• Continuous Improvement
  • Utility Transformations
  • Utility Transformations
  • Energy Cloud
  • Energy Transformation

Exploiting Continuous Improvement to Achieve Transformation and Efficiency Goals: Part 1

May 18, 2018

Utilities are facing a complex set of challenges in today’s environment. Aging infrastructure (and the resulting requirement of large-scale capital investment), increasingly stringent regulatory requirements, growing cyber and physical security concerns, and resistance to rate increases are prominent examples of factors influencing utility planning and decision-making.

At the same time, the sector is undergoing a significant and unprecedented transformation, facilitated by the introduction of new and disruptive technologies and the consideration of new and innovative business and revenue models. At the center of this transformation is the fundamental shift in how electricity is generated and distributed, and the evolution of the traditional relationship among stakeholders across the electrical grid, particularly between utilities and their customers. Linear value chains supporting one-way power flow from centralized generation to end customers will give way to a more sustainable, highly digitized, and dynamic energy system. Moving toward a multidirectional network of networks and away from a linear hub-and-spoke model, this system will support two-way energy flows in which customer choice (optionality), clean energy, innovation, and agility command a premium.

Redefining How Utilities Work

Transforming the business to deliver on both objectives is presenting decision makers with a challenge. Importantly, both strategic transformation initiatives and operational efficiency programs necessarily impact and redefine a utility’s “ways of working.” How these dual objectives are achieved is critical, given that a utility’s core services, its stakeholders, business processes, organizational design, workforce and talent management, and other facets of human capital are altered as a result of these efforts.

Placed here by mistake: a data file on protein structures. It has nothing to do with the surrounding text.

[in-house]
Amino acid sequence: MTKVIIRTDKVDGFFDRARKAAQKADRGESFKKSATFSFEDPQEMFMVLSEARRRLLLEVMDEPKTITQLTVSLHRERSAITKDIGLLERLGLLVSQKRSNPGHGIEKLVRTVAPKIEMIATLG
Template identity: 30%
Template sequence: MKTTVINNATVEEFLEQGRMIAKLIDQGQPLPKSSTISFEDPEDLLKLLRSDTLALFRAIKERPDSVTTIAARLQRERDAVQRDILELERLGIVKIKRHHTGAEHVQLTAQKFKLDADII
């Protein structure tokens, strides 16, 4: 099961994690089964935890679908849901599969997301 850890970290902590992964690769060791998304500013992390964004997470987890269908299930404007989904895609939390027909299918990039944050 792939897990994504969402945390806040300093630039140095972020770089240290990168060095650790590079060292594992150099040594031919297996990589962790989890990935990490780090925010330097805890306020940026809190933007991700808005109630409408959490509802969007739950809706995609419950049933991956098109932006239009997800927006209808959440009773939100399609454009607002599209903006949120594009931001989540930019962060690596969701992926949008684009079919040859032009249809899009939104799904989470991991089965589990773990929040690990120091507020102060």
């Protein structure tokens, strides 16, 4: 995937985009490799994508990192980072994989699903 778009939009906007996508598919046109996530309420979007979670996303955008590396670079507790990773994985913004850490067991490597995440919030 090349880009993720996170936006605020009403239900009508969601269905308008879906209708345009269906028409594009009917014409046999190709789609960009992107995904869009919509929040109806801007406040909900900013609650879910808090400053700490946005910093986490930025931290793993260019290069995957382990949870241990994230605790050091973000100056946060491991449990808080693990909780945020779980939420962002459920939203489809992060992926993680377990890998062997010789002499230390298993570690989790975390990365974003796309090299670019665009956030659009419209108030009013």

In this environment, utilities must be able to continuously improve performance, while also identifying and successfully delivering on programs that achieve the desired transformation results across all planning horizons. The discipline of Continuous Improvement will play a significant role in helping utilities to do more with less—and also in helping them transform to address new technologies, regulations, and other disruptive forces. Existing Continuous Improvement teams, methods, and infrastructure can help utilities address key transformation questions, including:

  • Identification: What set of initiatives are required?
  • Prioritization: Which initiatives are most critical?
  • Coordination: What is the proper phasing of our efforts?
  • Integration: How do we integrate the new—and ongoing—initiatives?
  • Change: How do we introduce change techniques across the portfolio of initiatives?

Join Guidehouse at the Process Excellence and Continuous Improvement for Utilities Conference (West) to learn more. During the conference, we will discuss the role of change management in successfully implementing business process and technology innovations (among other topics). Meanwhile, look for our next blog, in which we will discuss the differences—and linkages—between Innovation and Continuous Improvement.